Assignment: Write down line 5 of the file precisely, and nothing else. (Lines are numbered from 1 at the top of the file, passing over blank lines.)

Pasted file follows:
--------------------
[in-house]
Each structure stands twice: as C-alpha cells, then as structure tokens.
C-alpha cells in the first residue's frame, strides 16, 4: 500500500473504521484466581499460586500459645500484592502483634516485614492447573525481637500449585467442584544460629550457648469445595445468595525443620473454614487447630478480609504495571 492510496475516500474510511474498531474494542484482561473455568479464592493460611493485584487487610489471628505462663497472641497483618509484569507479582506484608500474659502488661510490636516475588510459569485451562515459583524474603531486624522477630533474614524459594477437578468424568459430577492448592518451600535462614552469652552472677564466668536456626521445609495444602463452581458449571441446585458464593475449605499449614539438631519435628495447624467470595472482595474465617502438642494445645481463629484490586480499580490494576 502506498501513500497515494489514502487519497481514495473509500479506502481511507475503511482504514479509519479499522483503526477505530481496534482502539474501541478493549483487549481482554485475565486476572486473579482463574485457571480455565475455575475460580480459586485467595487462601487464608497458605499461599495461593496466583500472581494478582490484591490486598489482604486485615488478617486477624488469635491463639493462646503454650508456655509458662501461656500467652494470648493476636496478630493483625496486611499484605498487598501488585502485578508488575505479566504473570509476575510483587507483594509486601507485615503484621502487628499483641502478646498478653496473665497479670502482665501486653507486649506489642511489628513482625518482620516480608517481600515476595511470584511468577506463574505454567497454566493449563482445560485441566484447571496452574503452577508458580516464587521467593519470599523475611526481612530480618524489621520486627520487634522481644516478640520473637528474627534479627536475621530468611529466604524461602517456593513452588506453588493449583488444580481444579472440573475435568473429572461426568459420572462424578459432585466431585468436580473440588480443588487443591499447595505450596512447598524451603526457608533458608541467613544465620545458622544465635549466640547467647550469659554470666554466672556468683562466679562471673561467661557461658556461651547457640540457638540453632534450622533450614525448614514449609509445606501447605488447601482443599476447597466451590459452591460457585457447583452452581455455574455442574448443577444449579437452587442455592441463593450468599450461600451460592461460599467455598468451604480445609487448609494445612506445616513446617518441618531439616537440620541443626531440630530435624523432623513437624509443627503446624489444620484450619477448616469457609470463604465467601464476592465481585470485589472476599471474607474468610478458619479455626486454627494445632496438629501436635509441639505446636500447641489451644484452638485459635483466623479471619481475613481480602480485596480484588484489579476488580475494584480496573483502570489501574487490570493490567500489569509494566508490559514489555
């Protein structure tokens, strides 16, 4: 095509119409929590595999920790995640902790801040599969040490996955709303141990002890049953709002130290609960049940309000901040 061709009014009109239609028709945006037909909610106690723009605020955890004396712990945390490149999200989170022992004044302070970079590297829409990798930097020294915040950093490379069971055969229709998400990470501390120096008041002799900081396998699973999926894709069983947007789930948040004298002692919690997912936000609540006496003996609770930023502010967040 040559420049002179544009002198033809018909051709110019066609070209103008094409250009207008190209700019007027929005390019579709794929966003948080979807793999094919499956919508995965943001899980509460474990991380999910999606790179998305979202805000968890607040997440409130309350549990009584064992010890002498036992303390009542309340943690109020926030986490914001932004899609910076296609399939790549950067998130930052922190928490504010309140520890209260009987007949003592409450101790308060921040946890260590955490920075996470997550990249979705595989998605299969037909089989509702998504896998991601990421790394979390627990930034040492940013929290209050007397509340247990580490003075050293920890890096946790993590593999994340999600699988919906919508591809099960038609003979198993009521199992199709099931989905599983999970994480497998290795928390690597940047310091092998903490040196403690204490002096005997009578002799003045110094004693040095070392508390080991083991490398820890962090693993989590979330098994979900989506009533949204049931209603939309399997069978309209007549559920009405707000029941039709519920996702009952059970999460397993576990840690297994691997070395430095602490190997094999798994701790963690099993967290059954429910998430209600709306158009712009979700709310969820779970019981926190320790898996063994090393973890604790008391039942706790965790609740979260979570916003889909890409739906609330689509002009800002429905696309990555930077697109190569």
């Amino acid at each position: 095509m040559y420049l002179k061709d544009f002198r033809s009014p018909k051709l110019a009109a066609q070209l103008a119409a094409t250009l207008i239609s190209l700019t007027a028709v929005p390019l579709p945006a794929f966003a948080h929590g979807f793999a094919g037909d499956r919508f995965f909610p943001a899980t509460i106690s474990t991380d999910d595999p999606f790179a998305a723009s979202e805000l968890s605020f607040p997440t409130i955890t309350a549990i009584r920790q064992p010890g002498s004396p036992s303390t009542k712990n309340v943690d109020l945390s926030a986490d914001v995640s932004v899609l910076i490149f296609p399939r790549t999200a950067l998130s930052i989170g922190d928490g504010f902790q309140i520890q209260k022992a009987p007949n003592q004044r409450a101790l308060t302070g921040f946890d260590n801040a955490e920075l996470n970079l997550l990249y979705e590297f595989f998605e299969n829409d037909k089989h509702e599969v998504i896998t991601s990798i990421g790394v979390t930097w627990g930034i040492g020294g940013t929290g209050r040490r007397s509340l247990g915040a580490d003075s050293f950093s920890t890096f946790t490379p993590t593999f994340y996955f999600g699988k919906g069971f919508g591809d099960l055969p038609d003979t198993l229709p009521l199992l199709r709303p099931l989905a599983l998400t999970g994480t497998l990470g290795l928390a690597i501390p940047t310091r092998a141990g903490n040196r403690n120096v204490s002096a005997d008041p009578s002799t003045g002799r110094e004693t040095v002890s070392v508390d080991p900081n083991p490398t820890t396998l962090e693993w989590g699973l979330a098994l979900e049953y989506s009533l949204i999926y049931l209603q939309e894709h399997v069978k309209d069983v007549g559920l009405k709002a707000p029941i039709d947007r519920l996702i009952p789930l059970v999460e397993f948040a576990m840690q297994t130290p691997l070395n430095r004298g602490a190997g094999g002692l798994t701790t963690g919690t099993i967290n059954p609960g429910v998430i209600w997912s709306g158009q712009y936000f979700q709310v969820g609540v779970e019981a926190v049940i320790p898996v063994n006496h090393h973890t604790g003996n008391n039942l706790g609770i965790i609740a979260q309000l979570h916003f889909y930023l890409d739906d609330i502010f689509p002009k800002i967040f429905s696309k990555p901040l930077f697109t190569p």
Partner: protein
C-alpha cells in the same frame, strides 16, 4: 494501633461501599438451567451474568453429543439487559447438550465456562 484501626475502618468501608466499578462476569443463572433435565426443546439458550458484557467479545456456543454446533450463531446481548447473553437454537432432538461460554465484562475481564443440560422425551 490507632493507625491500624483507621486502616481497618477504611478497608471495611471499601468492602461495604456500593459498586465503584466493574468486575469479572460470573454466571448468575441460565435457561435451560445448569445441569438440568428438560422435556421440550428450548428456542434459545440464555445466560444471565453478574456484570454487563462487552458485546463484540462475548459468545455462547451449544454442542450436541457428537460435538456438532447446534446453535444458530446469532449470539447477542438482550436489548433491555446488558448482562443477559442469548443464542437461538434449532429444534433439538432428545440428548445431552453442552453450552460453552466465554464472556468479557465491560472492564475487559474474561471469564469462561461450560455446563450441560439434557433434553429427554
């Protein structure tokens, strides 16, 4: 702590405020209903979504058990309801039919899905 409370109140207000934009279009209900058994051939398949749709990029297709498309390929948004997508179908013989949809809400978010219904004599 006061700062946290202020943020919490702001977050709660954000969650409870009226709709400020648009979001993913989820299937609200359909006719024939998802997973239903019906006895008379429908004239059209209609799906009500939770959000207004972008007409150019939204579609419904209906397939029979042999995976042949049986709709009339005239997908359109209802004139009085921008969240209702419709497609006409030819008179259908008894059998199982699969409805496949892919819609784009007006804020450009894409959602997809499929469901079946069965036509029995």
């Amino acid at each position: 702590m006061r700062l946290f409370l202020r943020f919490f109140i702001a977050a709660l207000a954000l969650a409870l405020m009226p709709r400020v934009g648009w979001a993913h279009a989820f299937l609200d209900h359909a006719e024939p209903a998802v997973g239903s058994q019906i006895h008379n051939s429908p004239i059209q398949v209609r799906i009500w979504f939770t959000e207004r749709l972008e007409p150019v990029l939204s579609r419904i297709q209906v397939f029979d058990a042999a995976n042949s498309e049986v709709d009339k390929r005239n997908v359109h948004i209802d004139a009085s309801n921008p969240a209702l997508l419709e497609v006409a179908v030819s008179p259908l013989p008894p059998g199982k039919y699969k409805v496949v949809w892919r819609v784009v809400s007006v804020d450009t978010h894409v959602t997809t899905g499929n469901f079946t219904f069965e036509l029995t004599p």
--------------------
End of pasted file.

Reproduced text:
């Amino acid at each position: 095509m040559y420049l002179k061709d544009f002198r033809s009014p018909k051709l110019a009109a066609q070209l103008a119409a094409t250009l207008i239609s190209l700019t007027a028709v929005p390019l579709p945006a794929f966003a948080h929590g979807f793999a094919g037909d499956r919508f995965f909610p943001a899980t509460i106690s474990t991380d999910d595999p999606f790179a998305a723009s979202e805000l968890s605020f607040p997440t409130i955890t309350a549990i009584r920790q064992p010890g002498s004396p036992s303390t009542k712990n309340v943690d109020l945390s926030a986490d914001v995640s932004v899609l910076i490149f296609p399939r790549t999200a950067l998130s930052i989170g922190d928490g504010f902790q309140i520890q209260k022992a009987p007949n003592q004044r409450a101790l308060t302070g921040f946890d260590n801040a955490e920075l996470n970079l997550l990249y979705e590297f595989f998605e299969n829409d037909k089989h509702e599969v998504i896998t991601s990798i990421g790394v979390t930097w627990g930034i040492g020294g940013t929290g209050r040490r007397s509340l247990g915040a580490d003075s050293f950093s920890t890096f946790t490379p993590t593999f994340y996955f999600g699988k919906g069971f919508g591809d099960l055969p038609d003979t198993l229709p009521l199992l199709r709303p099931l989905a599983l998400t999970g994480t497998l990470g290795l928390a690597i501390p940047t310091r092998a141990g903490n040196r403690n120096v204490s002096a005997d008041p009578s002799t003045g002799r110094e004693t040095v002890s070392v508390d080991p900081n083991p490398t820890t396998l962090e693993w989590g699973l979330a098994l979900e049953y989506s009533l949204i999926y049931l209603q939309e894709h399997v069978k309209d069983v007549g559920l009405k709002a707000p029941i039709d947007r519920l996702i009952p789930l059970v999460e397993f948040a576990m840690q297994t130290p691997l070395n430095r004298g602490a190997g094999g002692l798994t701790t963690g919690t099993i967290n059954p609960g429910v998430i209600w997912s709306g158009q712009y936000f979700q709310v969820g609540v779970e019981a926190v049940i320790p898996v063994n006496h090393h973890t604790g003996n008391n039942l706790g609770i965790i609740a979260q309000l979570h916003f889909y930023l890409d739906d609330i502010f689509p002009k800002i967040f429905s696309k990555p901040l930077f697109t190569p």